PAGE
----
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dc.contributor.authorKim, Ji Hyuneng
dc.contributor.authorBlevins, Dale G. (Dale Glenn), 1943-eng
dc.contributor.corporatenameUniversity of Missouri-Columbia. Office of Undergraduate Researcheng
dc.contributor.meetingnameUndergraduate Research and Creative Achievements Forum (2008 : University of Missouri--Columbia)eng
dc.date2008eng
dc.date.issued2008eng
dc.descriptionAbstract only availableeng
dc.description.abstractPrevious studies in our laboratory have shown a significant impact of phosphorus nutrition on mineral element dynamics in plant roots and shoots (Reinbott and Blevins 1991, 1994, 1999). We hypothesize that increased P availability increases ATP concentration, driving rapid increases in root concentration of several cations by stimulating the proton pump and opening gated ion channels. Considering the rapid turnover of ATP in plant tissues, P-induced changes in root mineral element concentrations should be observed in a relatively short time. Therefore, experiments were designed to evaluate the effect of P on root tissue cation concentrations over the time course of 30 min to 8 hrs. Squash plants were grown hydroponically in a complete nutrient solution (500 µM P) for six days, following by four days with 50 µM P. Treatments of 50 and 500 & µM P were started on day 10 and roots were harvested after 0, 0.5, 1, 2, 4, and 8 hours. Roots were rinsed in DI H2O, blotted, frozen in liquid nitrogen, and freeze-dried. Freeze-dried samples were ground, digested in nitric acid using a closed-vessel microwave system, and macro- and micronutrient concentrations were determined using ICP-OES. As expected, higher P in nutrient solution resulted in higher P concentrations in squash roots. This increase was first observed after 2 hrs. As for other cations, high P increased leaf magnesium, sodium, and calcium concentrations, and decreased zinc and potassium concentrations. Interestingly, the change in concentration of all these elements was observed within 30 min. This is, to our knowledge, the first study showing a short-time impact of P nutrition on root cation composition. It supports the hypothesis of the role of P in cation uptake.eng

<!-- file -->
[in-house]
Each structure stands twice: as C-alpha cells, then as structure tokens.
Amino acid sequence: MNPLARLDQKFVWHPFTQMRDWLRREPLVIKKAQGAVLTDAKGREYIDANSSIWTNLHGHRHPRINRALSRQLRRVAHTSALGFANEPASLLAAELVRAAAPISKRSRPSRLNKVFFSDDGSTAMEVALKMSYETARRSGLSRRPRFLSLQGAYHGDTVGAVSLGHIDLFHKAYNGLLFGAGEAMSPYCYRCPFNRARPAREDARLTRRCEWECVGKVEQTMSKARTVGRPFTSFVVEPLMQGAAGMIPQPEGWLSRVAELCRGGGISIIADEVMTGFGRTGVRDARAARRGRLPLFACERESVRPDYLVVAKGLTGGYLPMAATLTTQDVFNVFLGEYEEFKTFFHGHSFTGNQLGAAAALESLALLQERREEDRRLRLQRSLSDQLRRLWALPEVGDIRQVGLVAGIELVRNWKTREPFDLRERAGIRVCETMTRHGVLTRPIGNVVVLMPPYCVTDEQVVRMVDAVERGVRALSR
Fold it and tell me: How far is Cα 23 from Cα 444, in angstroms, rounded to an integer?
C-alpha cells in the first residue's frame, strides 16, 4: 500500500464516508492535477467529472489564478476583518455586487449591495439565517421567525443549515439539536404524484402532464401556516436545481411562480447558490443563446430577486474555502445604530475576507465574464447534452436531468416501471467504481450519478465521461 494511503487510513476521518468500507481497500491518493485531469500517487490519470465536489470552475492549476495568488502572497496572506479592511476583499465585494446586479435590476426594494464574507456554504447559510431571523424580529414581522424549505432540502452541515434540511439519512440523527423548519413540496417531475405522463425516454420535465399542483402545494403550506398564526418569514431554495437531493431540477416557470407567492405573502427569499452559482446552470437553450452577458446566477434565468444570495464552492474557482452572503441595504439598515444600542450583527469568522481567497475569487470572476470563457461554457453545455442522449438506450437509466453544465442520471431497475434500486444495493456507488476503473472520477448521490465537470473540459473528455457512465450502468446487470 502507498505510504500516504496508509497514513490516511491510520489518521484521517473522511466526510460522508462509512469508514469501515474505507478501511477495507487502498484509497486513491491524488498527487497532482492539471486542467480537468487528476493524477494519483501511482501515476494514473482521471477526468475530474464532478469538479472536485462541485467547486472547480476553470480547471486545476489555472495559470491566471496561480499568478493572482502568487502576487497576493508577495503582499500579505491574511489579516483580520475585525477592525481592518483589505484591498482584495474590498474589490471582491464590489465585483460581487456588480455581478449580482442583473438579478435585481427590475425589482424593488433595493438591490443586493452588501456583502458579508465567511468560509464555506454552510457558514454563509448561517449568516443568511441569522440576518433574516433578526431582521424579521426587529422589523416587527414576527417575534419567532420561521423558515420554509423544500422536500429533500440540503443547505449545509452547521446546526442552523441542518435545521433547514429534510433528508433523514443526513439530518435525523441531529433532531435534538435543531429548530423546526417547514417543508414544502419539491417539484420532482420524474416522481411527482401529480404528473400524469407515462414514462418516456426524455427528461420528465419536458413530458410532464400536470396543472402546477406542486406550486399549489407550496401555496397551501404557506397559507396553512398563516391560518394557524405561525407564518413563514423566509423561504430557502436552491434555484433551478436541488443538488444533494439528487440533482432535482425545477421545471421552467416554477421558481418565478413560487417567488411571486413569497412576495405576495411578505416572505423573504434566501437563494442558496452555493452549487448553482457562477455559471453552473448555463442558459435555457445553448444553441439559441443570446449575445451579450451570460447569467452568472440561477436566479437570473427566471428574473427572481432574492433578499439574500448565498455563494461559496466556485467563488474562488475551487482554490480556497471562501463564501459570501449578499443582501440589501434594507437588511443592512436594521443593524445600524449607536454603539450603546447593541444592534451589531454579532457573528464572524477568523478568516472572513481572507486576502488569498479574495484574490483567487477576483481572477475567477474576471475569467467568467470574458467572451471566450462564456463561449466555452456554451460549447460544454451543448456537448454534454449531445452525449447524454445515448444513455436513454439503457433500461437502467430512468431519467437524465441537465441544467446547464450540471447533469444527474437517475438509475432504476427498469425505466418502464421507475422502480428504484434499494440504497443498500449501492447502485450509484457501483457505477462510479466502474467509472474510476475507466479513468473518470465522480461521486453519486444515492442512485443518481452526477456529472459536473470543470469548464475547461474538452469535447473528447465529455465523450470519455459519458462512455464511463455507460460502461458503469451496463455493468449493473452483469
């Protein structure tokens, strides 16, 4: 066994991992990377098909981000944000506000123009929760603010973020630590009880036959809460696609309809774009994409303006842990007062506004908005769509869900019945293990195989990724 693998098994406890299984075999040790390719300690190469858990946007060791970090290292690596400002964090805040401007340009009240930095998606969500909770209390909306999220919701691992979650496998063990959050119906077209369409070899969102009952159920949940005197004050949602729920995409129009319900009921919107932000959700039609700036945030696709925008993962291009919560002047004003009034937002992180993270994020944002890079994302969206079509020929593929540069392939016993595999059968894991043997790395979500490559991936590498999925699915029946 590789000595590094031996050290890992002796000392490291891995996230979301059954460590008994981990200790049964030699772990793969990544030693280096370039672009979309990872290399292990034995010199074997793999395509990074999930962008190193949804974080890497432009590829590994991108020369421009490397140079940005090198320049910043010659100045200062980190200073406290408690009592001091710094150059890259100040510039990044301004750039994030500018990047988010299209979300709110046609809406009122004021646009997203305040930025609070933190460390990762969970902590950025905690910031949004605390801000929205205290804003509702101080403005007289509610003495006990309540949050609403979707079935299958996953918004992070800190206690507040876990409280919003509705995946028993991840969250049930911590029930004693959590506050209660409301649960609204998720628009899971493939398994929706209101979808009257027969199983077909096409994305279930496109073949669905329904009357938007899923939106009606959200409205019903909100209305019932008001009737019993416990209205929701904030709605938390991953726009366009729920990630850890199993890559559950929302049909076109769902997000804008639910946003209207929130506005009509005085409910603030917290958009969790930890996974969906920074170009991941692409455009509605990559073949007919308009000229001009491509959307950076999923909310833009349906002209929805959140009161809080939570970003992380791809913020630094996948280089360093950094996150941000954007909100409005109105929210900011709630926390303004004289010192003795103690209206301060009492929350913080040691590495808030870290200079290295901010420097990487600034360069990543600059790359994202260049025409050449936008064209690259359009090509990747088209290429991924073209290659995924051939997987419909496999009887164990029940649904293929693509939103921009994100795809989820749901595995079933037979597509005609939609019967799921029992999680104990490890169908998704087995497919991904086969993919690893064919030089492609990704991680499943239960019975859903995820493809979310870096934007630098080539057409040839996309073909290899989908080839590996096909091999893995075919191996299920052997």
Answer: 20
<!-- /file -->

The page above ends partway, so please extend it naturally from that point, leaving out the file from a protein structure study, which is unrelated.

dc.description.sponsorshipGyeongsang National Universityeng
dc.identifier.urihttp://hdl.handle.net/10355/1912eng
dc.publisherUniversity of Missouri--Columbia. Office of Undergraduate Researcheng
dc.relation.ispartof2008 Summer Undergraduate Research and Creative Achievements Forum (MU)eng
dc.relation.ispartofcommunityUniversity of Missouri-Columbia. Office of Undergraduate Research. Undergraduate Research and Creative Achievements Forumeng
dc.subjectphosphorous nutritioneng
dc.subjecthorticultureeng
dc.titleHigh phosphorus rapidly increase squash root magnesium, sodium and calcium concentrationeng
dc.typePresentationeng


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